I’ve shied away from discussion of the fortieth anniversary of Woodstock. Largely this is because the topic has become ubiquitous throughout the media so there are plenty of other articles that you can read. And partly it is because, as much as I enjoy talking about the music of that period and the social forces that shaped it, and therefore tend to use the music I grew up with as a way into the music I hear today, I still prefer to keep the focus here on just that, the music I am listening to today. It’s a not a hard and fast edict, but it’s a general rule I’ve adhered to since starting this blog.
Still, sometimes a blogger’s just gotta do what a blogger’s gotta do. So here goes….
I was born in 1960 and thus “the sixties”, the cultural event or however you want to describe it, was really something that happened to people older than me. It has always felt like it belonged to big brothers and older cousins and that we — people my age — were witnesses rather than participants in the moment. It was like watching the big kids at school smoke behind the washroom: you knew they were there, and you thought it was kind of interesting, that it was bad and therefore good, and you knew you would probably have a go at it yourself one day, but you also knew that now wasn’t the time.
In this sense, the 70s felt like a bit of a letdown. There was always a palpable sense that we had missed the excitement, the fun, the change. Which isn’t to say we didn’t have our own fun and excitement only that, even at that very close remove, the “sixties” was clearly understood to have been something momentous, world changing. Can there be any denying of that?
Sure, the change had its roots in postwar reconstruction; that is, it went much back further than the sixties. And musically the fifties were just important, when Elvis and others began to stir things up with his gyrations and his popularisation of black music. The sixties, Woodstock itself, was the culmination of change, the endpoint of a particular sort of change, rather than a catalyst in its own right.
Still, as I say, at that close remove, the 70s, we felt like we had missed something big. But we also knew that what we had missed had not been an unalloyed, unblemished flowering of peace and love and community. We were not naive enough to swallow whole the mythology that was already growing up around Woodstock and other events as some sort of counterculture nirvana.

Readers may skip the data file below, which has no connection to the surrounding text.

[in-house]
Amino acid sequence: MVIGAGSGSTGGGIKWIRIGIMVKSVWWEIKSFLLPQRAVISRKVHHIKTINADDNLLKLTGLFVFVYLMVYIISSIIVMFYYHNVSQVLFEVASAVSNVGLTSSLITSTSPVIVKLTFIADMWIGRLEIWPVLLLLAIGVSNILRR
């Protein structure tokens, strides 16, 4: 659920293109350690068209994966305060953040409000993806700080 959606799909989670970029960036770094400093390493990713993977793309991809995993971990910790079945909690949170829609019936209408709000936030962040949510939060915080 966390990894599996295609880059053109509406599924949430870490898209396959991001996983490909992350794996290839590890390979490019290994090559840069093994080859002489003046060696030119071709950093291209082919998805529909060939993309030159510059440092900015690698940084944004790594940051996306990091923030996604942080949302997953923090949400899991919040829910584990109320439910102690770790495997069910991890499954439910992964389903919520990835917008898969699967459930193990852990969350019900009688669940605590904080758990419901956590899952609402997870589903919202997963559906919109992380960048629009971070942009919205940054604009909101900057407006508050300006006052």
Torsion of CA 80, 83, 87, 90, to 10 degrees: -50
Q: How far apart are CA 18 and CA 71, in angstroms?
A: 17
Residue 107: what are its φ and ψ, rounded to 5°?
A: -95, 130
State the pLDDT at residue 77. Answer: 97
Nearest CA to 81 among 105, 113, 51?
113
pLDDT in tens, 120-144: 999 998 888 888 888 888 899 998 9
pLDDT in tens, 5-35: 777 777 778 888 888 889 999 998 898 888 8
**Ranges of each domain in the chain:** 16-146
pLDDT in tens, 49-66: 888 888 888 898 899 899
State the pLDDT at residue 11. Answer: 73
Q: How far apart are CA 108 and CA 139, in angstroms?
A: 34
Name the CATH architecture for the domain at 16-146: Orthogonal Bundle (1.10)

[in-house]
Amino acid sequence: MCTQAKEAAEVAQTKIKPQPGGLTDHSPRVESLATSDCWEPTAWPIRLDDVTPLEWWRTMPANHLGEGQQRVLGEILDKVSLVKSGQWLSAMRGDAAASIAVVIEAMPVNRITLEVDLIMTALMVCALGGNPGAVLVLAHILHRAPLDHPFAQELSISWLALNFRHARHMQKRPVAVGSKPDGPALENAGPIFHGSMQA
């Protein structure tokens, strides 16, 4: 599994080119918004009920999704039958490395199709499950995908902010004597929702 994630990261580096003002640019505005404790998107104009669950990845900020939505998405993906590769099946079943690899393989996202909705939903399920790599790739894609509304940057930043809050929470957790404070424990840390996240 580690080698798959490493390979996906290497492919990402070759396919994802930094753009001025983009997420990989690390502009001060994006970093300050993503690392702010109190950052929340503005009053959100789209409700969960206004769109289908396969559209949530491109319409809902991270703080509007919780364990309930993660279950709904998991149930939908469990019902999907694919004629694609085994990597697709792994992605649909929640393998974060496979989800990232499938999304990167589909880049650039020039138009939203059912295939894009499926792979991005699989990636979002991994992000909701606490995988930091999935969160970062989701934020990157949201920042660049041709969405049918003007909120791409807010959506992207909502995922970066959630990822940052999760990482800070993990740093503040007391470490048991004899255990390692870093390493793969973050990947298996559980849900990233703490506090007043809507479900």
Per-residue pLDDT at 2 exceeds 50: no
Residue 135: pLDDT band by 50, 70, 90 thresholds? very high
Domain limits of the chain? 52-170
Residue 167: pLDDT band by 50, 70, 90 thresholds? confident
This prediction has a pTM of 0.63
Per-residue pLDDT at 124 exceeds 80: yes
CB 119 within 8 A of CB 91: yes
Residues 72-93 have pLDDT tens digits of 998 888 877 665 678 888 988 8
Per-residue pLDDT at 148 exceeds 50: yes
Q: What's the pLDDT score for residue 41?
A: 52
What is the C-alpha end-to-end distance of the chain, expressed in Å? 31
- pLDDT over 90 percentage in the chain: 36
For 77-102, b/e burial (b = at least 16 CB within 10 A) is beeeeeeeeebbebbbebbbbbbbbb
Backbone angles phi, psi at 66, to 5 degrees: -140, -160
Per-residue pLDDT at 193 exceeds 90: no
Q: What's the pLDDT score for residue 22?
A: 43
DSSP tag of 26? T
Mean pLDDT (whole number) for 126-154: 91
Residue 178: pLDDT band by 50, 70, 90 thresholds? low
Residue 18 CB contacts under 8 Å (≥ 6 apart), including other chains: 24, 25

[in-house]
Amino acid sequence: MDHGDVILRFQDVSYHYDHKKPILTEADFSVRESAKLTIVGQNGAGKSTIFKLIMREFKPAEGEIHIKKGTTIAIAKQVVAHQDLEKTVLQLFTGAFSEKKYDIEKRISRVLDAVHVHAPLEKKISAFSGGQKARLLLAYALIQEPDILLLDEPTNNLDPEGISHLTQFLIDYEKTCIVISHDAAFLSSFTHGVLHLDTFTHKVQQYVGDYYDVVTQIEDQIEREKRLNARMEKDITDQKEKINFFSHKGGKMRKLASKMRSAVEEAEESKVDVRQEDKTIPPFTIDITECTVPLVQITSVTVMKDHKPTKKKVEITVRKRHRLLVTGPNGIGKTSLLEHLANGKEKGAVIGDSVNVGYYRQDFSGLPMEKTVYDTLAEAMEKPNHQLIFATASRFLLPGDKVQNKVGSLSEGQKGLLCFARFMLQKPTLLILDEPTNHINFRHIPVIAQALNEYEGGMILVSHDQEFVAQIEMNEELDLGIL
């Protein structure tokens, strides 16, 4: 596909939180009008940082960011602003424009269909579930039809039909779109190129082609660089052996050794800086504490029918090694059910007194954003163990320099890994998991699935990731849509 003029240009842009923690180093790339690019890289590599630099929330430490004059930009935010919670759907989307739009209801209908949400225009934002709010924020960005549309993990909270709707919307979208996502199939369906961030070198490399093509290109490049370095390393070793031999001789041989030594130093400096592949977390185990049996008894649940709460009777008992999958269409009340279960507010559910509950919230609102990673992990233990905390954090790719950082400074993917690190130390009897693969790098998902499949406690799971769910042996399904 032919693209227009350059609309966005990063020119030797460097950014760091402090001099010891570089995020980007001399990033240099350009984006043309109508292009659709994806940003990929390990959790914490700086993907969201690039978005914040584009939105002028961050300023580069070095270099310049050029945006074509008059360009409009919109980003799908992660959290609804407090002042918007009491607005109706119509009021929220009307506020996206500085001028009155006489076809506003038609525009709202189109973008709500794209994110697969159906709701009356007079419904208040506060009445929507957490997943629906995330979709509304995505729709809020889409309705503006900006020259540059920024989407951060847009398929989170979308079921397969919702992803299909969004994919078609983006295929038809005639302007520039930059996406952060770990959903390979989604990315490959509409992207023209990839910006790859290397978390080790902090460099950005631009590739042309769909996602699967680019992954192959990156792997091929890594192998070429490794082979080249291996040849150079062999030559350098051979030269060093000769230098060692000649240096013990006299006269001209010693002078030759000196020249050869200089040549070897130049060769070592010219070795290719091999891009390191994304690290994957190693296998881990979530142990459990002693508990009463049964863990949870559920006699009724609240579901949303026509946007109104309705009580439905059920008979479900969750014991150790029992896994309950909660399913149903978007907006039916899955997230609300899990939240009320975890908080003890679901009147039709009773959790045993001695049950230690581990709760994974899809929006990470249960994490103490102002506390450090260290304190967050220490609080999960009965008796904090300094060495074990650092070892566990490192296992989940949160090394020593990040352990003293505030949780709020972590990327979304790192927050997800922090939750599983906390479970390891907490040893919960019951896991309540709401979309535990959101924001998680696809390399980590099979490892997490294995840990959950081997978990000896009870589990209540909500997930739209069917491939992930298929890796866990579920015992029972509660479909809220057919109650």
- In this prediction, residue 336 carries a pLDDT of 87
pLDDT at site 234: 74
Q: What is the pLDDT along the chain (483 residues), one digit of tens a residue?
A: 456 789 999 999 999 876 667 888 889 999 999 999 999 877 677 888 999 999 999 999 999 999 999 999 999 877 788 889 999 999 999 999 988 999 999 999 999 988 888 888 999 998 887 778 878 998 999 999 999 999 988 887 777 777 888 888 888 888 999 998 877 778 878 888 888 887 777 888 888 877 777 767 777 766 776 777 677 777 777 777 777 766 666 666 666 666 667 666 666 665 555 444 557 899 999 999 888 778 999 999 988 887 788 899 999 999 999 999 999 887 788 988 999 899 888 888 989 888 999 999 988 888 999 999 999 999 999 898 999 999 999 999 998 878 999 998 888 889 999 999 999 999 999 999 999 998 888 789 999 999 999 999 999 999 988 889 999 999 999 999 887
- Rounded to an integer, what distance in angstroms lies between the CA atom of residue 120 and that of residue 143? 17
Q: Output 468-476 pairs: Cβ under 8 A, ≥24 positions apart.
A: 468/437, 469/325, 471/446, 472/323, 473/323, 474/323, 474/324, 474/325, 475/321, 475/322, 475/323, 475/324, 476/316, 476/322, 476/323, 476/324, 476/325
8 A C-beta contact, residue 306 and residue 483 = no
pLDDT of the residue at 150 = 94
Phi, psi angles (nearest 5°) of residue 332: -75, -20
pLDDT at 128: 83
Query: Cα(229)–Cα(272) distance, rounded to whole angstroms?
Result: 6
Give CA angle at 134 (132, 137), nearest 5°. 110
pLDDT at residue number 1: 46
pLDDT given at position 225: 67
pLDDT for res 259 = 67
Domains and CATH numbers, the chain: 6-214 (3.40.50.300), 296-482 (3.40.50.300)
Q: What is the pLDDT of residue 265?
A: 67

That’s why it is strange to read something like Clive Hamilton’s piece that appears to swallow that view. He writes,”The original Woodstock festival was imbued with a sense of harmony and tolerance and was everywhere seen as a ‘victory of peace and love’. When the number of young people turning up exceeded expectations, the organisers threw open the gates to make it a free concert.”
Well maybe. But his further attempts to compare the original Woodstock with the 1999 rerun so that he can make a point about the rise of individualism and the corrupting influence of the market, too conveniently overlooks the fact — that we all knew back then — that Woodstock itself was a marketing event.
We knew they sold tickets and that as organisers they were out to make a buck. (And why not?) And we knew that throwing open the gates for free was more a concession to reality — the threat of riot — than it was an enactment of community values.
We know, too, the bands were paid and that some of them, in particular The Grateful Dead and The Who, refused to go on before their cheques cleared. We know Hendrix demanded fifty thousand dollars for performing, though the organisers had only budgeted on paying $15,000 for the big acts.
We’ve known all this for a while. Why at this late stage pretend otherwise?
Portraying Woodstock ’69 as some sort of standard of anti-market behaviour to which we have all failed to live up to seems misplaced. I’d suggest we were neither as pure then nor as corrupted now as Hamilton suggests. (Jeff Sparrow has more here.)
Let’s also remember that a lot of the so-called anti-establishment behaviour associated with the sixties was in fact dreamed up on Madison Avenue. Thomas Franks’ book, The Conquest of Cool, documents the phenomena well. As does the brilliant show Mad Men in its own way. As Amanda Marcotte notes: